Canadian CW research
St John's, NL: Advocate for Children and Youth, 176 pgs.
"In Canada, each province and territory individually defines the age of majority,
which is when a person is considered by law to be an adult and anyone under that age
of majority is considered to be a minor. In Newfoundland and Labrador the age of
majority is defined as nineteen (19) years. The United Nations Convention on the Rights
of the Child (UNCRC) defines a child as under the age of eighteen (18) years.
At the age of nineteen (19) a person can legally purchase and consume alcohol
and tobacco yet the age of consent for medical treatment is generally recognized as
sixteen (16) years and the right to opt out of care is recognized as sixteen (16) years. I
will not attempt to rationalize these discrepancies in age definitions, but I will clearly say
that we as a society are failing our most vulnerable children who require our assistance
and guidance into adulthood. Professionals who work with vulnerable youth who are
sixteen (16) years of age and older face the delicate balance of providing opportunities
for youth to participate in decisions about their health, safety and wellbeing while at the
same time determining whether or not they have the capacity to make such life altering
This investigation reveals the story of a child who was crying out for help. Due to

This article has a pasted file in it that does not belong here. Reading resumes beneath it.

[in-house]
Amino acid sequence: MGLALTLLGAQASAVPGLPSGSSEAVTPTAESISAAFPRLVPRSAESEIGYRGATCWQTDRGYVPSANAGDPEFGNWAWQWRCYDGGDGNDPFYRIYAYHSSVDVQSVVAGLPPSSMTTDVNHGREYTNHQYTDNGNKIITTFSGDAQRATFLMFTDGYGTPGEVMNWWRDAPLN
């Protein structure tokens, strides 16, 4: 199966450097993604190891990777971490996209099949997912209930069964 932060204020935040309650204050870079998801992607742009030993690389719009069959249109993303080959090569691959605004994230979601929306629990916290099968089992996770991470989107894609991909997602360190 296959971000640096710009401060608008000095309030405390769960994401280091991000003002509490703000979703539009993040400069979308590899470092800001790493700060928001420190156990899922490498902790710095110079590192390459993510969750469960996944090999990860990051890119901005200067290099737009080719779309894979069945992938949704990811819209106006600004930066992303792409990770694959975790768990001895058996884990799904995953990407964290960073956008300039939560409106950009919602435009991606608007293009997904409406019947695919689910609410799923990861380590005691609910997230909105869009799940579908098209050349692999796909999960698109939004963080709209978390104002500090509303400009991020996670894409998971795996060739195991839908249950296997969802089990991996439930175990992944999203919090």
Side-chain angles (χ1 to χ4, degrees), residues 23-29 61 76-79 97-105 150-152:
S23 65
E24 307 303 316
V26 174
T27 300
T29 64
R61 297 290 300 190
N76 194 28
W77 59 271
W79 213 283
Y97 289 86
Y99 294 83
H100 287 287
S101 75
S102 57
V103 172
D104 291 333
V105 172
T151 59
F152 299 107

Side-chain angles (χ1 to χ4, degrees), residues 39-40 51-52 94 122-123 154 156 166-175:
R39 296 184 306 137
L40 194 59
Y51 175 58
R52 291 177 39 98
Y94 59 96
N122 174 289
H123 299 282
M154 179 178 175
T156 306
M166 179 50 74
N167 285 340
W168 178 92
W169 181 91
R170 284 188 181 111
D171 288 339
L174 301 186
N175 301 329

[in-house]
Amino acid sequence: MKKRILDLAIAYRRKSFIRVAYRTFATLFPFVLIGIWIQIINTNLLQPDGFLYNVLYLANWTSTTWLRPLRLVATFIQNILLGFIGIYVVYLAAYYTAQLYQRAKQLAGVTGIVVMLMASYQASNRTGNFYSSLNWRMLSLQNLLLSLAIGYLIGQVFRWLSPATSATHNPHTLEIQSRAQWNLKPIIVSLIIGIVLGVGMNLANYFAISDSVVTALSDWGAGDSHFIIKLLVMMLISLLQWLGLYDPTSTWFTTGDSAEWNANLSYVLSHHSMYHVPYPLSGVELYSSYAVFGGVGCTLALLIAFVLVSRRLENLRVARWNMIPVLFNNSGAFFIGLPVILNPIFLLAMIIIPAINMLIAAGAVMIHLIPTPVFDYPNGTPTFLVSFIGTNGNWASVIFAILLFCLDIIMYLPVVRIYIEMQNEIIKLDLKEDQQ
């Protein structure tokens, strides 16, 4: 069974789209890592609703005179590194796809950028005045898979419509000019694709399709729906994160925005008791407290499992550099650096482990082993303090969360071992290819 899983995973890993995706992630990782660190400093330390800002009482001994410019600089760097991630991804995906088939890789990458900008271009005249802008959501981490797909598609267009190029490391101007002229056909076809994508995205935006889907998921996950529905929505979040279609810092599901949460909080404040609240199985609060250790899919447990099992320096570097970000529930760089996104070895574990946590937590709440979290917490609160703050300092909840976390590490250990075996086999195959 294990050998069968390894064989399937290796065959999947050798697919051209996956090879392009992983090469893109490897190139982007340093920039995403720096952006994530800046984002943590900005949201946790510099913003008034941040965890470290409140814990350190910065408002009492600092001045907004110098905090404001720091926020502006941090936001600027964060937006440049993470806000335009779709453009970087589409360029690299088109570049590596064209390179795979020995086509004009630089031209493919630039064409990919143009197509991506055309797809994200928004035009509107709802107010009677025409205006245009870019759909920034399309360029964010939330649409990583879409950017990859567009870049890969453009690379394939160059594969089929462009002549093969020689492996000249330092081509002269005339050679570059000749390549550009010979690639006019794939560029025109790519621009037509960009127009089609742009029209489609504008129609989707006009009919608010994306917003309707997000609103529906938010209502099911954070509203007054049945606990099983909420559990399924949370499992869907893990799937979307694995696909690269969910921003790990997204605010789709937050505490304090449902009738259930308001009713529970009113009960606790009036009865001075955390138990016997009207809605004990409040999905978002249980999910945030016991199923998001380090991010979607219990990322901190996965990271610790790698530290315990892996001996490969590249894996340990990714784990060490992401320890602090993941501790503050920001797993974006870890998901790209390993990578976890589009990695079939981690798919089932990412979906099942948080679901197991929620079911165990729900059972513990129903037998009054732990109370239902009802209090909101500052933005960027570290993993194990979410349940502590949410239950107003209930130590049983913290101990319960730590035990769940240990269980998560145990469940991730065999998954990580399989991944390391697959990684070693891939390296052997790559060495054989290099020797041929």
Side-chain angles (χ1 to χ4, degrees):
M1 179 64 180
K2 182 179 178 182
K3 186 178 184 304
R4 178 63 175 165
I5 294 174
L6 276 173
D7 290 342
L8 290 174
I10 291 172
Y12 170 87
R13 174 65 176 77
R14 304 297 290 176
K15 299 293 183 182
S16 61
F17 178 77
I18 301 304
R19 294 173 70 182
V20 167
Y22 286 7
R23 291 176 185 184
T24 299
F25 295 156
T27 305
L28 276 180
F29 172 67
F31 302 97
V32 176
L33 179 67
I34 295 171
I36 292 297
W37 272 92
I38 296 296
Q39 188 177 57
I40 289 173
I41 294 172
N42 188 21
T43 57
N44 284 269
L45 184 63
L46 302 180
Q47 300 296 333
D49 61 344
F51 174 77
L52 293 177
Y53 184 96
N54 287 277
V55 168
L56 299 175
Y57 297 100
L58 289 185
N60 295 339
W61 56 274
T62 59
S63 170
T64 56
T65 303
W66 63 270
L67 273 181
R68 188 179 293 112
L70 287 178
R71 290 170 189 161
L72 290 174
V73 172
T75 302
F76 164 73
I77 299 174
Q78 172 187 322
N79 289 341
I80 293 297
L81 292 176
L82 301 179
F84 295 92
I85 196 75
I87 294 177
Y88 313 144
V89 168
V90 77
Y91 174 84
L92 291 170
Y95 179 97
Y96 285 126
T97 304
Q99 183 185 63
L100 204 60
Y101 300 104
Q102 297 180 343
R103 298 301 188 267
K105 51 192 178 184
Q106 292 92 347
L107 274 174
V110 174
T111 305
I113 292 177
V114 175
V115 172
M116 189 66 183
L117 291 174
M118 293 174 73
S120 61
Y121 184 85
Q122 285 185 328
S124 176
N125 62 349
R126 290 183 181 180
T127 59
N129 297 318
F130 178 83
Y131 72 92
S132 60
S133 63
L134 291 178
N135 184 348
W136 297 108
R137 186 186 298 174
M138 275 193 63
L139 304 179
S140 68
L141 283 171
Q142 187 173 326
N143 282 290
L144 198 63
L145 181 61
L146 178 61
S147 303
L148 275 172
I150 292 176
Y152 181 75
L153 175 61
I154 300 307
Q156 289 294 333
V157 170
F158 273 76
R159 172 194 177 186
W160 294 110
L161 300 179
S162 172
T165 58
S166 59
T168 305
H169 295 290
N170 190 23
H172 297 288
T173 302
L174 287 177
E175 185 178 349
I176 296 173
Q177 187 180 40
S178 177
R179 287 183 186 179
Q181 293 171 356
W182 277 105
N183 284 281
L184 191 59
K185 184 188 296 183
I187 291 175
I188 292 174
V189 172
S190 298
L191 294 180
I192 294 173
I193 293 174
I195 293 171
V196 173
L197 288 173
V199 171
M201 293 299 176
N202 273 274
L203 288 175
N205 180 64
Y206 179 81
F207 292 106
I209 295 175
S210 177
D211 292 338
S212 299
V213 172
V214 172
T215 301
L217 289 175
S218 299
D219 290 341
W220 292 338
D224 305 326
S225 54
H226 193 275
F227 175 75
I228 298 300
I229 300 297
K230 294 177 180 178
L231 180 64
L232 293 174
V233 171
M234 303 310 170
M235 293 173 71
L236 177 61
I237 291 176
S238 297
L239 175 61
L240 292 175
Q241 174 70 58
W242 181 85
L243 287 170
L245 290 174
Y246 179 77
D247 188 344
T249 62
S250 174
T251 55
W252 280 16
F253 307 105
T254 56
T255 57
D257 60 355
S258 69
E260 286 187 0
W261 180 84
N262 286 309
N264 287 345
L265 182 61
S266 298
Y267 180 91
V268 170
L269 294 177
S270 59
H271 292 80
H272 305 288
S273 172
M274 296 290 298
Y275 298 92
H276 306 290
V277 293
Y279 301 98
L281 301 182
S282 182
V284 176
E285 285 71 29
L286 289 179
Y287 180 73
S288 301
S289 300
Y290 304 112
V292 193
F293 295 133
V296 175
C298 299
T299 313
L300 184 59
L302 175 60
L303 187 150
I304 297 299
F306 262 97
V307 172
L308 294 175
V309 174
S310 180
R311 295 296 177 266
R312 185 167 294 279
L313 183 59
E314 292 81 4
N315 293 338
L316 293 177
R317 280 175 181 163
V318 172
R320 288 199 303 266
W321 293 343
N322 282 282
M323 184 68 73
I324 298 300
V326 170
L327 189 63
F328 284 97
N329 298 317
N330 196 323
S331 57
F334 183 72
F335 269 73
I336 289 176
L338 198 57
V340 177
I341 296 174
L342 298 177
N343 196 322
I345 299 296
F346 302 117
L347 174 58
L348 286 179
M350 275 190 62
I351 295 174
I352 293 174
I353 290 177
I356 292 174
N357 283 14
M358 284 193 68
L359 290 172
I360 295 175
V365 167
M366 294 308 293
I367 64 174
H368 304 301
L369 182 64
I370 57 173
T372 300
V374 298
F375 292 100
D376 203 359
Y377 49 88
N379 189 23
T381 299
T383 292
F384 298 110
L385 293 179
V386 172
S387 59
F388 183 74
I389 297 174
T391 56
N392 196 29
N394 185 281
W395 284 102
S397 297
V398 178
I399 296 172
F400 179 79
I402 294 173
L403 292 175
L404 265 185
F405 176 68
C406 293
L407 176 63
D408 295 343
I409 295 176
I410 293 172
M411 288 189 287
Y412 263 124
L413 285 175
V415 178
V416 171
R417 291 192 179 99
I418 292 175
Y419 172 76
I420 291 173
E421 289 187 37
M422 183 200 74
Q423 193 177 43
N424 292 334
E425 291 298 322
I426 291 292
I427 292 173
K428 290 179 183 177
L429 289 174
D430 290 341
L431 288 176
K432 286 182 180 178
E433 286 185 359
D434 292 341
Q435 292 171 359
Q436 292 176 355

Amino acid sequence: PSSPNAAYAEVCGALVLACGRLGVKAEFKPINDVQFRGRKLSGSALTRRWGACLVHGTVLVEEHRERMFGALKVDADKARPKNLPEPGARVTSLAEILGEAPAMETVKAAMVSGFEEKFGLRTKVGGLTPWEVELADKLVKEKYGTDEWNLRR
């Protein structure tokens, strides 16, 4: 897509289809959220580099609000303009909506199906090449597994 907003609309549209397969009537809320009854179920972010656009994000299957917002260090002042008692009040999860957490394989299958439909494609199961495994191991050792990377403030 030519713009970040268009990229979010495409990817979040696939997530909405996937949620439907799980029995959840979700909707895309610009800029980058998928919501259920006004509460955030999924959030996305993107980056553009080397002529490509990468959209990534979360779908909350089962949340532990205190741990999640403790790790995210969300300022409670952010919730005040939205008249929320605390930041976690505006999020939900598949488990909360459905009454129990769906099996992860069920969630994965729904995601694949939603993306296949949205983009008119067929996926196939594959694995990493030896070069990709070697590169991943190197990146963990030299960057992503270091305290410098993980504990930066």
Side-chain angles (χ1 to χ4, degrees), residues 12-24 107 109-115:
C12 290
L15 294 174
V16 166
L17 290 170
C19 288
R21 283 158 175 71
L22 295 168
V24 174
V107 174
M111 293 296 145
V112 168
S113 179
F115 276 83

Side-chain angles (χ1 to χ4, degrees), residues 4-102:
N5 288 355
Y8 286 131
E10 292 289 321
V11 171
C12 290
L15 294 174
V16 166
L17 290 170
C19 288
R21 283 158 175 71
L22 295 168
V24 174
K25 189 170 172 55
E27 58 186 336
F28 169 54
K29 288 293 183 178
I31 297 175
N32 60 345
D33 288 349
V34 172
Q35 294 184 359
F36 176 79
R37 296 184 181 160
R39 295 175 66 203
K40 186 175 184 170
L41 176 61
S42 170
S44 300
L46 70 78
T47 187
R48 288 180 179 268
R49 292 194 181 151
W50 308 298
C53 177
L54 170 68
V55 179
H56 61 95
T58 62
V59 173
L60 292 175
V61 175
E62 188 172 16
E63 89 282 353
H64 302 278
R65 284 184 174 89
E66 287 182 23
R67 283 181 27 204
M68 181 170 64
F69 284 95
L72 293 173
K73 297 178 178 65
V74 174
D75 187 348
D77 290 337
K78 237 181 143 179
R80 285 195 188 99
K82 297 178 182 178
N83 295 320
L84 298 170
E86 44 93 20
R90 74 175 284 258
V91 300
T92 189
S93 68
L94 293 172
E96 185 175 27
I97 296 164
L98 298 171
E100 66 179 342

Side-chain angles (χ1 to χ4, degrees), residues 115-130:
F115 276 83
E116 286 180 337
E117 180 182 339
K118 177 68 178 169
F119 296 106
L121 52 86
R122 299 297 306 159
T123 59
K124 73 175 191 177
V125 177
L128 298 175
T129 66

deficiencies in the system, there were times when his voice was not heard, his rights
were not respected and his right to services was not upheld. The incident which
prompted this investigation was a fire which resulted in the tragic death of a man and I
extend my deepest condolences to his family and friends.
The goal of any investigation is not to lay blame but to identify what went wrong
and how to prevent it from happening again. This investigation clearly demonstrates
themes of deficiencies in services being provided by various government departments
and agencies. It highlights several recommendations to improve the system and reduce
the risk of another child experiencing the same.
For reasons of confidentiality this child will be known as “John.” I would like to
acknowledge John and his family for their commitment to this investigation in the hope
that it will influence necessary changes. In John’s own words, he stated to me: “…I just
hope this doesn’t happen to somebody else really, it sucks” (Transcript of ACY
Interview, 2012, p.117)."
(Advocate for Children and Youth, 2013, p. 3)